In Human rights, Nuclear Guardianship, Nuclear Policy, Poetry, Public Health, Rocky Flats on March 26, 2015 at 1:02 am
Standards for permissible exposure
fail to protect sufficiently.
They are a dam that holds back
a flood of illness and death
but cannot prevent
an “insignificant” trickle
of the diseased and damned
from passing through.
These standards are a damn dam
that lets a harmful enterprise thrive.
Today’s trickle is a warning:
In time, the dam will break
in a flood of illness and death.
In Democracy, Environment, Human rights, Nonviolence, Nuclear Guardianship, Plutonium, Public Health, Rocky Flats, Wildlife Refuge on March 21, 2015 at 11:05 pm
Last fall I saw a comment on the web site of the Rocky Flats Stewardship Council that U.S. Fish & Wildlife Service (FWS) planned to do a “prescribed burn” on 701 acres in the southwestern portion of the Rocky Flats National Wildlife Refuge. Convinced that this would release plutonium particles into the air I posted a petition on MoveOn calling for people who opposed the burn to sign their names. This would provide immediate communication to FWS personnel that their plan was opposed. Next I wrote an op-ed informing people of FWS plans and urging them to sign the petition. We quickly assembled a “technical group” consisting of Harvey Nichols, Jon Lipsky, Mary (Mickey) Harlow, Anne Fenerty, Art Burmeister, Gale Biggs and myself. This group met several times in the fall developing our own plans and communicating our views to FWS, agencies of the state government that had to issue a burn permit and others, including members of Congress. We got David Lucas of FWS and colleagues to agree to meet with us on Thursday, January 28, so they could hear from us and we from them. But when Lucas learned that media and an attorney might be present at our meeting, he backed out and refused to attend. The very next day FWS announced cancellation of the burn. By this time 2,780 people had signed the petition. I shut the petition down and wrote a second op-ed explaining that FWS was not dropping the idea of a burn but was postponing it. My op-ed referred to the necessity for ongoing opposition and spelled out alternatives to the burn. No issue had so quickly gained public attention and opposition to government plans. For a well-done summary of what has happened on this so far, go to the TruthOut story at http://www.truth-out.org/news/item/29537-prescribed-burn-at-former-nuclear-weapons-plant-stirs-public- I highly recommend it.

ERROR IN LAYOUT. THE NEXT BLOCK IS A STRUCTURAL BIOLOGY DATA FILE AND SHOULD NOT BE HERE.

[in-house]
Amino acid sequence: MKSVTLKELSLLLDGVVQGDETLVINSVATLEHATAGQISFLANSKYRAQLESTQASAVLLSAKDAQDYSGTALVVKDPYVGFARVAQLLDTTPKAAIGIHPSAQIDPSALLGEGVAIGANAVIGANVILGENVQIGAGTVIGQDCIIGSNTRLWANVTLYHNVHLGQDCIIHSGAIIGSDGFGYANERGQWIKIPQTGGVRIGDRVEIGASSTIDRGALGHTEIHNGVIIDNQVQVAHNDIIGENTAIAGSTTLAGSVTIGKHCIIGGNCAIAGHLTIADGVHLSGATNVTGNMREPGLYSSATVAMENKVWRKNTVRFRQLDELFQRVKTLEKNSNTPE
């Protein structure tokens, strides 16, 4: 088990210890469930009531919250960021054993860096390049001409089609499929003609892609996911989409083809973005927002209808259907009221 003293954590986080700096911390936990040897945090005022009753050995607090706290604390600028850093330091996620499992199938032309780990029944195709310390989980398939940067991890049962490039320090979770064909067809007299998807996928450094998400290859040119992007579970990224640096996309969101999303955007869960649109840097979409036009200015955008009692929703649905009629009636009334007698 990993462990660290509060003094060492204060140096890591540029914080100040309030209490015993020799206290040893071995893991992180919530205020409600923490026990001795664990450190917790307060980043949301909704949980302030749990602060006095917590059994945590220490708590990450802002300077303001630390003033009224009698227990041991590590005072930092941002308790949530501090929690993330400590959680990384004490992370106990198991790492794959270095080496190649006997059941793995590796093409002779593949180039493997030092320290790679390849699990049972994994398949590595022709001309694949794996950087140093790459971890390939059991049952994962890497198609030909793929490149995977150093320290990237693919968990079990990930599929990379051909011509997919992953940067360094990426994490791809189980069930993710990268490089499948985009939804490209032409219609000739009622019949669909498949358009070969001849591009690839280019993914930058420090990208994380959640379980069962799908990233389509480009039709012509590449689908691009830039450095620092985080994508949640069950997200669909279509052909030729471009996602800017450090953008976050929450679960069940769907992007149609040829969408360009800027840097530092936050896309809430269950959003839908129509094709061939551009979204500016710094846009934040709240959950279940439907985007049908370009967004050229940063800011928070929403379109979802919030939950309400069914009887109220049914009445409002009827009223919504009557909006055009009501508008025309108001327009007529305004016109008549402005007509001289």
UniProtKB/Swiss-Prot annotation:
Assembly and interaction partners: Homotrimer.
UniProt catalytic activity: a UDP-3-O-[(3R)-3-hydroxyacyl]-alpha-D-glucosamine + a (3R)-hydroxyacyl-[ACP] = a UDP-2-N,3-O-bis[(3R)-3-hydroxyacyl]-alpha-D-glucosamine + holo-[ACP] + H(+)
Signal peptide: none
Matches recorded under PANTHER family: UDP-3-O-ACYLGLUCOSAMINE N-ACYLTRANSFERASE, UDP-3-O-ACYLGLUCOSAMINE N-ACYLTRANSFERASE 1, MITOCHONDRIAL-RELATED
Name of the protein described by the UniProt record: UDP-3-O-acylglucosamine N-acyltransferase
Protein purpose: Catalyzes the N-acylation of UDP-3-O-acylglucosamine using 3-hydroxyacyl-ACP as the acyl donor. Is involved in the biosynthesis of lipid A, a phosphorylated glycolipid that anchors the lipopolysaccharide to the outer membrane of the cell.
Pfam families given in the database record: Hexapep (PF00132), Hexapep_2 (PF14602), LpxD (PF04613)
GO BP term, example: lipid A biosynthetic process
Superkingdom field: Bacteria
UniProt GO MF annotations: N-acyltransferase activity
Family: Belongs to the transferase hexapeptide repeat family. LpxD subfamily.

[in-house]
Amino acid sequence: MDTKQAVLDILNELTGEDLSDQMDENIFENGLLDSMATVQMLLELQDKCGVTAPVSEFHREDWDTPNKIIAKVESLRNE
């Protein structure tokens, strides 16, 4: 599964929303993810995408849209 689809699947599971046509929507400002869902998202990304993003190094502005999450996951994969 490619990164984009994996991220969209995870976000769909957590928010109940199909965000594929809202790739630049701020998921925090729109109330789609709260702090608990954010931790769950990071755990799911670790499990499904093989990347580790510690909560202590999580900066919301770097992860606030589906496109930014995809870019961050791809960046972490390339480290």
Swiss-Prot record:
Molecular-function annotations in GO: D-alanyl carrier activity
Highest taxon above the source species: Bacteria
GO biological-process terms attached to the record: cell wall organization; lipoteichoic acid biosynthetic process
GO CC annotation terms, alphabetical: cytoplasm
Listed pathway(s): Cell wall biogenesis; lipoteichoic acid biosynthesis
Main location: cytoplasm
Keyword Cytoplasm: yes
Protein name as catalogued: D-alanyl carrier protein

People who would like to work on this for the future, please contact the Rocky Mountain Peace and Justice Center at 303-444-6981, attend our regular Nuclear Guardians meeting noon till 2 PM every Tuesday at China Gourmet in the Lucky’s Market shopping area at Broadway at Quince in north Boulder, or contact me at <firstname.lastname@example.org>.
In Democracy, Environment, Human rights, Nonviolence, Nuclear Guardianship on March 16, 2015 at 12:40 am
RMPJC has played a major role on this, along with many others. I posted a petition eventually signed by 2,780 people who opposed the burn. I also published two op-eds on this in the Camera. For a good account see